The Act further prohibits online infringement, that is, provision of another person’s work to the public without the consent of the owner of the work in which copyright subsists.
Whoever involved, is guilty of an offence and the new law, allows owners of copyrighted works to compel internet service providers to block user access to infringing content with a penalty of not less than N1,000,000.00 or imprisonment for a term of not less than five years or a combination of both for offenders.
Acts which constitute infringement include; refusing or omitting to pay upon demand, any royalty by virtue of a right of remuneration or agreement, aiding or procuring another person to commit an act which constitutes an infringement under the Act, circumventing any technical measure that controls access to copyright-protected works and making of a copyrighted work available to the public.
The Act further protects expressions of folklore; poetry, folk songs and dances, folk arts, drawings, carvings, sculptures, costumes and other works or imitations by providing that anyone that wants to make commercial use of expressions of folklore, must obtain permission from the relevant indigenous community concerned or NCC or face criminal sanctions.
In addition, this Act provides stiffer penalties; ranging from N10,000 (for each unauthorised copy of a work with copyrights) to N5,000,000 and imprisonment terms ranging from one to five years or a combination of a fine and an imprisonment term, to deter copyright offences and makes copyright infringement actionable in both civil and criminal proceedings.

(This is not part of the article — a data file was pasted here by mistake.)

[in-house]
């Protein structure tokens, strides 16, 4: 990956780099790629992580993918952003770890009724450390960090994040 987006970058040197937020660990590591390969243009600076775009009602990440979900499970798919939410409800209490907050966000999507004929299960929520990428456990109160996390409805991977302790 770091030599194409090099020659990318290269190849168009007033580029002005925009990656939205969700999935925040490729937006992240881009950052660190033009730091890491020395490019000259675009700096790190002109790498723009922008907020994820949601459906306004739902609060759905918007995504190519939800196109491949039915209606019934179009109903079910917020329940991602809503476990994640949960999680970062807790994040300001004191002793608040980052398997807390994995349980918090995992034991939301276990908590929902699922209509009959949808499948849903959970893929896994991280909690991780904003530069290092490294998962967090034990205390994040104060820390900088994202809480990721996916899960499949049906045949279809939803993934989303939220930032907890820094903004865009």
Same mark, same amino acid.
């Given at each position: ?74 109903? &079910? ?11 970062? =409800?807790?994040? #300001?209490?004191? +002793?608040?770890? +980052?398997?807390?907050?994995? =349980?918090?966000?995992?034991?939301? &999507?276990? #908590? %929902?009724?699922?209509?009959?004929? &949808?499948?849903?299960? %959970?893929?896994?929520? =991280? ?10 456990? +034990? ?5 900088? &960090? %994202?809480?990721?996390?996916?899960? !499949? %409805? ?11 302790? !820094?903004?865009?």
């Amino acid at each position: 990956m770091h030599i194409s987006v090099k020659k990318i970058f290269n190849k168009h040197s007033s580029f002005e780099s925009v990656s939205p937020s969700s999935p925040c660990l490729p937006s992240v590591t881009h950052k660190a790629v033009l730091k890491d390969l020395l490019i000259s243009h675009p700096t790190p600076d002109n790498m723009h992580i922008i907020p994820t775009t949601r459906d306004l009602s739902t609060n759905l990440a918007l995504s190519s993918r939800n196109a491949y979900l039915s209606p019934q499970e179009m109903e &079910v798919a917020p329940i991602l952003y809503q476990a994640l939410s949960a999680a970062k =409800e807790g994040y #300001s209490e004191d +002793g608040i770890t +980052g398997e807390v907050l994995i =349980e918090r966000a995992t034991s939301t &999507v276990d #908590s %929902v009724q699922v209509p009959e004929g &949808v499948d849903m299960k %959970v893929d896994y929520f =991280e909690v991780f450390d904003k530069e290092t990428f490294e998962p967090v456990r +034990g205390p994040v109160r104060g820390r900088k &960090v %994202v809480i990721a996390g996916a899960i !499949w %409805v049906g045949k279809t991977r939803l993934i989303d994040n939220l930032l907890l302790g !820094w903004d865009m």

In spite of its strengths, there are however provisions what could be termed as red flags, which are potentially problematic, in the Act. These include provision on contract override, that makes any contractual term that prevents the doing of an act permitted under any of the copyright exceptions ineffective, in terms of licensing and out-of-court settlement agreements in cases of infringement.
Another one, is the provision that copyright levy be paid into a fund that would be administered by the NCC and disbursed to approved collective management organizations or other representatives of copyright owners.
This arrangement has the potential, to be problematic, as NCC is granted sweeping new powers that allow it to authorize the use of a work by any person for the purpose of rectifying the abuse of a dominant market position or to promote the public interest.
This also extends to making regulations under the Act, specifying conditions necessary for the operation of any business involving the production, publication, public exhibition, distribution, sale, hiring, rental, storage, warehousing or any other dealings in works protected by copyright.
There is also the “fair dealing” provision, which is a limitation and exception to the exclusive right granted by copyright law to the author of a creative work. It is a form of obstacle to effective enforcement of copyright claims in Nigeria as it serves a defense to a case for copyright infringement.
By virtue of the fair dealing provision, where a work is used for the purpose of research, private use, criticism or review of the copyrighted work or for reporting current events, such use will not be considered an infringement of the exclusive right of the author of the copyrighted work. But when the research, review or criticism is for public use, the Act requires that the author of the copyrighted work be properly acknowledged unless the work is “incidentally included in a broadcast,”
We are grateful – PMAN
The Performing Musicians Employers Association of Nigerian (PMAN), led by Pretty Okafor, has commended President Muhammadu Buhari for signing into law the Copyright Amended Bill, which repeals the Copyright Act, Cap C28, Laws of the Federation of Nigeria 2004.
Describing the development as a fresh breath, he applauded the President for making the law a reality. He further said that the new Copyright Act would go a long way in promoting creativity and encouraging Nigerian artistes to be more productive.